Undoubtedly, this issue was inspired by (and, hopefully, inspiring as regards) the reflection on the new and the non-new in grammar and poetics. While in themselves grammar and poetics are rather inconspicuous, when conjoined, the two look very promising.
First of all, because of the title: Poetics in the light of contemporary linguistics. This new (un)surprising component both builds on Jakobson’s classic observation and at the same time points to the value of a strong metaphor, which has been at the center of the grey area between linguistics and literary studies in past years, as well as the fact that it needs to be revised. Contemporary scholarly approaches, therefore, are focused on initiating discussion and verifying old judgments, but also understanding the power of experience, which allows one to see past inspirations in a broader context.
Secondly, linguistics and literary studies have developed methodologically, which has only rendered their shared interests more compelling. This often results in more in-depth readings, returning to older texts, and, at times, also the need to reevaluate and/or reconsider the known (the repeatable, the given, the intuitive, etc.) in language.
Thirdly, the latest advancements in technology, including the Internet, allow us to study and analyze cultural texts in a way that was unimaginable in the past; metaphors, ambiguity, and multimodality are all addressed anew in a manner that is nothing short of a revelation.
The articles in this issue of Forum of Poetics are thought-provoking, especially when it comes to these three aspects. Elżbieta Tabakowska-Muskat points to transdisciplinarity, which blurs the boundaries between literary studies and linguistics, allowing one to exploit the full potential of philology and, above all, to recognize the role of experience (the world and grammar). A condensed analysis of Tuwim’s short poem Życie [Life] allows the reader to see that such approaches do indeed stem from the achievements of cognitive linguistics.
Another poem by Tuwim, Lilia [Lily] inspired Katarzyna Sadowska-Dobrowolska to explore the newest analytical tools offered by cognitive linguistics, namely Charles Fillmore’s theory of interpretive frames and Gilles Fouconnier and Mark Turner’s theory of conceptual integration. The creative mechanisms found in an artistic text make us realize that we need to constantly update linguistic semantics.
Magdalena Piotrowska-Grot draws attention to the peculiar functionality of enumeration in Julian Kornhauser’s poetry: an attempt to reclaim fragments of the past – at least partially – to extract them in and through poetry, and compile them into an imperfect list triggers reflection on the need to save fragments of the world in language. Fragmentation, stronger syntagms, and strong metaphors in Julian Kornhauser’s poetry are new ways of dealing with the non-new.
The theory of cultural scripts (mainly in relation to Wojciech Młynarski’s Lubię wrony [I like crows]) allows the reader, as Aneta Wysocka explains in her essay, to examine how intersubjectivity manifests itself in language and further connect it (by means of an intertextual reference) with Jakobson’s classic lecture one from Six Lectures on Sound and Meaning, devoted to Edgar Allan Poe’s The Raven.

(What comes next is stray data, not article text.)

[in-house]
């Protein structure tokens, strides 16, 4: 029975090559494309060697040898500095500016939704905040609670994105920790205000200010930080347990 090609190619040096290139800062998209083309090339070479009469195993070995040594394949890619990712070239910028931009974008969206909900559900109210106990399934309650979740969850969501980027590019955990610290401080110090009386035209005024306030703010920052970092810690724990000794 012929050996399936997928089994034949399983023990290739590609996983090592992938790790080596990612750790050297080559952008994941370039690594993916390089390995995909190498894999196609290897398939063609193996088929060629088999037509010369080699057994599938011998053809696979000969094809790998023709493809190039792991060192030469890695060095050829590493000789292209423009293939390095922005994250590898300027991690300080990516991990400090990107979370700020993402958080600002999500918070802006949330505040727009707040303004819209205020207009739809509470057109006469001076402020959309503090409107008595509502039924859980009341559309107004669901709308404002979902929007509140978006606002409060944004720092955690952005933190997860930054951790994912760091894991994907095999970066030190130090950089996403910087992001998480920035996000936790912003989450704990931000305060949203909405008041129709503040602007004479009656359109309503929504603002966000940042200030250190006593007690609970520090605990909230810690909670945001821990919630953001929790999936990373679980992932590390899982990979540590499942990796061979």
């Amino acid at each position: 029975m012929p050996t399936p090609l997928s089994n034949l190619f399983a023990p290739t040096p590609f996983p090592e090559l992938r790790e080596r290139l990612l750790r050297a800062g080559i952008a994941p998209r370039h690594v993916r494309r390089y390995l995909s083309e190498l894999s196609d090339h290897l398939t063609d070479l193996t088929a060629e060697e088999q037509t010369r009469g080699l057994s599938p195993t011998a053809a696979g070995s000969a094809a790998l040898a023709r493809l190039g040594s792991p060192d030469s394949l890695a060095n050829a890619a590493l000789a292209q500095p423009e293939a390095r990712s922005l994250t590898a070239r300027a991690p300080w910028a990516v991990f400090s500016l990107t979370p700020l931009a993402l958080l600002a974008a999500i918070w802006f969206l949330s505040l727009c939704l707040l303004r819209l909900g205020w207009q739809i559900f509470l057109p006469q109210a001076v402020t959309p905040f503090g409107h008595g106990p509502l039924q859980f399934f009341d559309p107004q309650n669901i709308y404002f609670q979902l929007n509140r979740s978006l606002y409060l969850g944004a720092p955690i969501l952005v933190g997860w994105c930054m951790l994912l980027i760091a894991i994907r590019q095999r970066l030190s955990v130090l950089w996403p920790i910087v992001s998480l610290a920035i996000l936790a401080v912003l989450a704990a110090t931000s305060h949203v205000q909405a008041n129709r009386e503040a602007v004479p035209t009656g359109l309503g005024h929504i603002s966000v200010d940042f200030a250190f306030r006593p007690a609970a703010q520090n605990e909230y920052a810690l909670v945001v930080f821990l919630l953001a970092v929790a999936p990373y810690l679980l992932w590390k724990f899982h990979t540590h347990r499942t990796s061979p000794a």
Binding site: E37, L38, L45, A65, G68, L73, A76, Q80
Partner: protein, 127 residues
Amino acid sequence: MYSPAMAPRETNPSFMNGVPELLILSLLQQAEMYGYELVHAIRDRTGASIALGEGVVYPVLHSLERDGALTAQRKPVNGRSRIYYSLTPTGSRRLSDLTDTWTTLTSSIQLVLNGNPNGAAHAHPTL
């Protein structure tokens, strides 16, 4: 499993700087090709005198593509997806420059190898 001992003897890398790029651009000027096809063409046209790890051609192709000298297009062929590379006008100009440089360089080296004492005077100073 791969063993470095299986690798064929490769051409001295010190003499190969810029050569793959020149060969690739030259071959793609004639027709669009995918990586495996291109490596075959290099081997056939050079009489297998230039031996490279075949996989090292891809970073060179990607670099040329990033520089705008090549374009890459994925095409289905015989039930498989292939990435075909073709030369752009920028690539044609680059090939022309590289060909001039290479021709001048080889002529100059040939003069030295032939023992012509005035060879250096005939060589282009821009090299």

Syntactic, lexical, and graphic topicalization in Norwid’s works (analyzed by Anna Kozłowska) allows us to understand the significance of the thematic and rhematic in Norwid’s works (and thus to expose what is given in poetically non-obvious terms), as well as to take a closer look at the “strategy of excess,” which re-orientates the ways of reading these seemingly non-new texts.
The reader may learn more about new ways of representing the world (this time in reference to assemblage) in Bogumiła Kaniewska and Krzysztof Skibski’s essay, which explores the unique nature of Magdalena Tulli’s early prose, specifically in the context of the entropic tale. In this case, excess emerges as one of the key categories in the grey area between linguistics and literary studies (described in a transdisciplinary perspective by Elżbieta Tabakowska-Muskat).
The new and the non-new have also been examined in even greater detail. Gerard Ronge examines “the new” as a (poetological, theoretical and literary) category, beginning with the ordinary and gradually, moving towards contemporary research on avant-garde art. Marek Hendrykowski examines memes and their multifunctionality (insofar as they are a “consciously structured polemic”) to demonstrate the complexity of contemporary cultural texts and their metaphorical potential. Marek Kaźmierczak writes about the metaphor in browser games in his review of Miłosz Babecki’s book (with a subtle hint of melancholy), referring to new research perspectives opened by game and media studies. Jerzy Madejski further examines the new and the non-new in his review of the monograph Wiek teorii. Sto lat nowoczesnego literaturoznawstwa polskiego [Age of Theory. One Hundred Years of Modern Polish Literary Studies] edited by Danuta Ulicka. Finally, Elżbieta Tabakowska returns as a poetess in the light of (contemporary) linguistics. Krzysztof Skibski’s analytical review of Językoznawstwo zastosowane [Linguistics applied] sheds new light on the poetics of grammar, and perhaps in this case also on the grammar of poetry.
Consequently, we have come up with new approaches to this ever-intriguing metaphor – this time it is Forum of Poetics in the light of linguistics (thoroughly explored in the articles published in this issue).